The famous Asterix the Gaul comic books that I read when I was a kid begin in this way.
“The year is 50 B.C. Gaul is entirely occupied by the Romans. Well, not entirely … One small village of indomitable Gauls still holds out against the invaders. And life is not easy for the Roman legionaries who garrison the fortified camps of Totorum, Aquarium, Laudanam and Compendium …”
The Gauls gain their fabulous strength from a magic potion brewed by their druid, Getafix. But the secret of their ability to defy the odds, and the Romans, comes from somewhere else. They are possessed of a remarkable inner fortitude. They have an almost casual confidence about them that drives their opponents to distraction. They have a clear sense of shared identity in the face of what seems like insurmountable opposition. They love to eat wild boar.
The way the story of the Anglican diocese of Sydney has been told by her supporters and critics alike often sounds like the opening to Asterix. In the view of Melbourne journalist and Anglican laywoman Muriel Porter, for example, the evangelical variety of Anglicanism that in general characterizes the diocese of Sydney is defiantly peculiar.
As Porter reads it, an Anglicanism that is Catholic in liturgy and liberal in theology has triumphed everywhere. It is the dominant form, and reigns unchecked and unchallenged across Australia and even across the globe. This one small diocese of indomitable, very conservative and (to be frank) completely unhinged evangelical Anglicans holds out against the onward march of liberal Catholic Anglicanism. And life is, as a result, not easy for those who surround it and have to deal with it. Sydney’s commitment to lay presidency at the Lord’s Supper and its objection to the ordination of women to the priesthood are symptoms of the baffling and stubborn irrationality that characterizes the diocese. They simply get in the way of what would be a normal development in other places.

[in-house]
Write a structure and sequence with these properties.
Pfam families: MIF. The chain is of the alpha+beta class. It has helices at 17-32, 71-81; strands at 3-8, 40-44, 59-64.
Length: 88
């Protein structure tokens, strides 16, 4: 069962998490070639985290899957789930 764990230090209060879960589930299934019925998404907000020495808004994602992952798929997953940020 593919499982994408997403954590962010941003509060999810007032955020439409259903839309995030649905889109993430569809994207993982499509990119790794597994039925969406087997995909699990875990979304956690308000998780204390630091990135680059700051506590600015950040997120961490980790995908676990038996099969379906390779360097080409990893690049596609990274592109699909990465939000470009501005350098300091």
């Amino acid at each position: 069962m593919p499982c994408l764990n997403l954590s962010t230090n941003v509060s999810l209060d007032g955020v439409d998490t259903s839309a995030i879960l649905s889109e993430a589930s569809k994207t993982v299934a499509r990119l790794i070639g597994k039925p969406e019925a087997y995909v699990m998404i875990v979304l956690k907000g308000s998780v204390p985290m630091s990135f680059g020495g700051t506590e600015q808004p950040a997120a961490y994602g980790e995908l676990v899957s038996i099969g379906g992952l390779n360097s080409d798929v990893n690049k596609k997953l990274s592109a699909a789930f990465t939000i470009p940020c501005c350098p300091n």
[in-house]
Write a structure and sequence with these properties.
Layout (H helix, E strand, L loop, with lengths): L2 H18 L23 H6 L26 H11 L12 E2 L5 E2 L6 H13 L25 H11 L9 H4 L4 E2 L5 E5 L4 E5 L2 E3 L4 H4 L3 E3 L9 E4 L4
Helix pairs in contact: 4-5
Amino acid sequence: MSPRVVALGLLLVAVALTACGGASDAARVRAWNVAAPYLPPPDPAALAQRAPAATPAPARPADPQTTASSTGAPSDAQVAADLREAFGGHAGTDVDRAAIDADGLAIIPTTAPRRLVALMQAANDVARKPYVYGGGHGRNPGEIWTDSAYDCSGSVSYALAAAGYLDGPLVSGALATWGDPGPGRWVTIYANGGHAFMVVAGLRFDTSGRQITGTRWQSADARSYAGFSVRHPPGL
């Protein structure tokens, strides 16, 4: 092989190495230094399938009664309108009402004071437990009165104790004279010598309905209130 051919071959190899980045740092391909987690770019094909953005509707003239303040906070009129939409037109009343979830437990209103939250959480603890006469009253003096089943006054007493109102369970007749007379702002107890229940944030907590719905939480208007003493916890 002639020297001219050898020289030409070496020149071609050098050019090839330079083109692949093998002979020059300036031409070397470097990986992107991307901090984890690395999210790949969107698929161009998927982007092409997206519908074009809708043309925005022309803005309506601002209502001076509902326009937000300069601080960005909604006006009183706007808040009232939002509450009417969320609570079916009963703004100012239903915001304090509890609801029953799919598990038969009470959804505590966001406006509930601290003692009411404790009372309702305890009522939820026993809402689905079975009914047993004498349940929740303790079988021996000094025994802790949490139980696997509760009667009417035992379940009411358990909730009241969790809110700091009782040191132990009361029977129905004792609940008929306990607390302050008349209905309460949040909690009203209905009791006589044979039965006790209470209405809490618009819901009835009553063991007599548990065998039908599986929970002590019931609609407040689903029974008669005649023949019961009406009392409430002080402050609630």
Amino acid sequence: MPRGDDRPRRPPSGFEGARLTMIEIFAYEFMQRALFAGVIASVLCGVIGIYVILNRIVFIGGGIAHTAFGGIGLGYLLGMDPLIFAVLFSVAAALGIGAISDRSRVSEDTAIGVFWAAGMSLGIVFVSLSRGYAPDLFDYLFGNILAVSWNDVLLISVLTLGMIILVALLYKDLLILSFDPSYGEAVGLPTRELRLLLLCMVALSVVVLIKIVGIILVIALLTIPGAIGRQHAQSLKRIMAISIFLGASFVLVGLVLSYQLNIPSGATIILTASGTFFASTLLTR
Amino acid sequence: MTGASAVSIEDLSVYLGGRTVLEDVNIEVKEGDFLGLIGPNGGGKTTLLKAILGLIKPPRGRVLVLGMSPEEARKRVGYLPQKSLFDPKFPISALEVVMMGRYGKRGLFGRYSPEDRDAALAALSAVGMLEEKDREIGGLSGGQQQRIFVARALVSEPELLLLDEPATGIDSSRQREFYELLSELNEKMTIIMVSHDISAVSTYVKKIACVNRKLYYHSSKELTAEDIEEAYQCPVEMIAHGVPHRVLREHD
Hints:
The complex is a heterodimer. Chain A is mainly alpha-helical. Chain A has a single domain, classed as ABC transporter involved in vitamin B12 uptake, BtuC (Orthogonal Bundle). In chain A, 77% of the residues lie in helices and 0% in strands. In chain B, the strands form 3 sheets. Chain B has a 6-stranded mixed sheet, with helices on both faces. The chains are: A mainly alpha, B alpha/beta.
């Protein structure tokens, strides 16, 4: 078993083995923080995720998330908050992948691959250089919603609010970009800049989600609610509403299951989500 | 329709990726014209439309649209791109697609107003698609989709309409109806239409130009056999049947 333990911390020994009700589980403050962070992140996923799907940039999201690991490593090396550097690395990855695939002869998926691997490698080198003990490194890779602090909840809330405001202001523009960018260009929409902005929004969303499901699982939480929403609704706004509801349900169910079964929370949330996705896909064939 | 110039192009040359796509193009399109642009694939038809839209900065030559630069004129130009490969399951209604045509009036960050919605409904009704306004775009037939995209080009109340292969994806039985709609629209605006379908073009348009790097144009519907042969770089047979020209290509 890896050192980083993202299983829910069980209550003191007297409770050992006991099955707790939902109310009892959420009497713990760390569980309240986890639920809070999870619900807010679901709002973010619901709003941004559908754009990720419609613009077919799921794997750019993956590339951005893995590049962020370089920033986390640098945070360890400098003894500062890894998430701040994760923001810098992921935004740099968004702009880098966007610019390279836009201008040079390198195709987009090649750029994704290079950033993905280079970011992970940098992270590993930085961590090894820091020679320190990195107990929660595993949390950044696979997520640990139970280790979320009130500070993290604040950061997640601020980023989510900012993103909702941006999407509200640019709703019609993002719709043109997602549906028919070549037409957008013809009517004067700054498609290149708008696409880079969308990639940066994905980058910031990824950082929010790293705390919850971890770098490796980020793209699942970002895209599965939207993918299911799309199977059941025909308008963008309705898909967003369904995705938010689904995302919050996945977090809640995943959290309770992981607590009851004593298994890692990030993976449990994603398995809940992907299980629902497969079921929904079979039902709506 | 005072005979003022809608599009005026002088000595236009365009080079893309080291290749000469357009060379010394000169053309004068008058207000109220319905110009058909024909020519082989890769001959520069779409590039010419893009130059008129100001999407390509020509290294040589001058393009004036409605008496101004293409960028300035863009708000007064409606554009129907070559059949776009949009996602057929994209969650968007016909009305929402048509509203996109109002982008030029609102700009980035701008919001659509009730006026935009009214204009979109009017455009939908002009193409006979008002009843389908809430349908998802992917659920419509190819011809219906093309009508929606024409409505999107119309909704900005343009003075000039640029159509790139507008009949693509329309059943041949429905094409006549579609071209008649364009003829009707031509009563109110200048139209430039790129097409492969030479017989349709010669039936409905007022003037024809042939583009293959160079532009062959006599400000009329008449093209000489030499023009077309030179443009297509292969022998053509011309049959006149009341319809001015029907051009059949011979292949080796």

The same story can be told from within the gates of the Sydney Anglican village as well. While all around, Anglicanism has capitulated almost totally to the liberal, broad-church paradigm – with the exception a few parishes in each diocese that are allowed to remain traditional Anglo-Catholic or conservative evangelical – Sydney is the only diocese in which an evangelical form of Anglicanism holds sway. Alone it holds the torch against the onslaught of darkness. Alone it defies the complete capitulation of Anglican Christianity to Western cultural mores. Alone it holds to priority of Scripture over culture as authoritative for church belief and practice. Splendidly, nobly alone.
The uniqueness of Sydney Anglicanism…
Do read on here.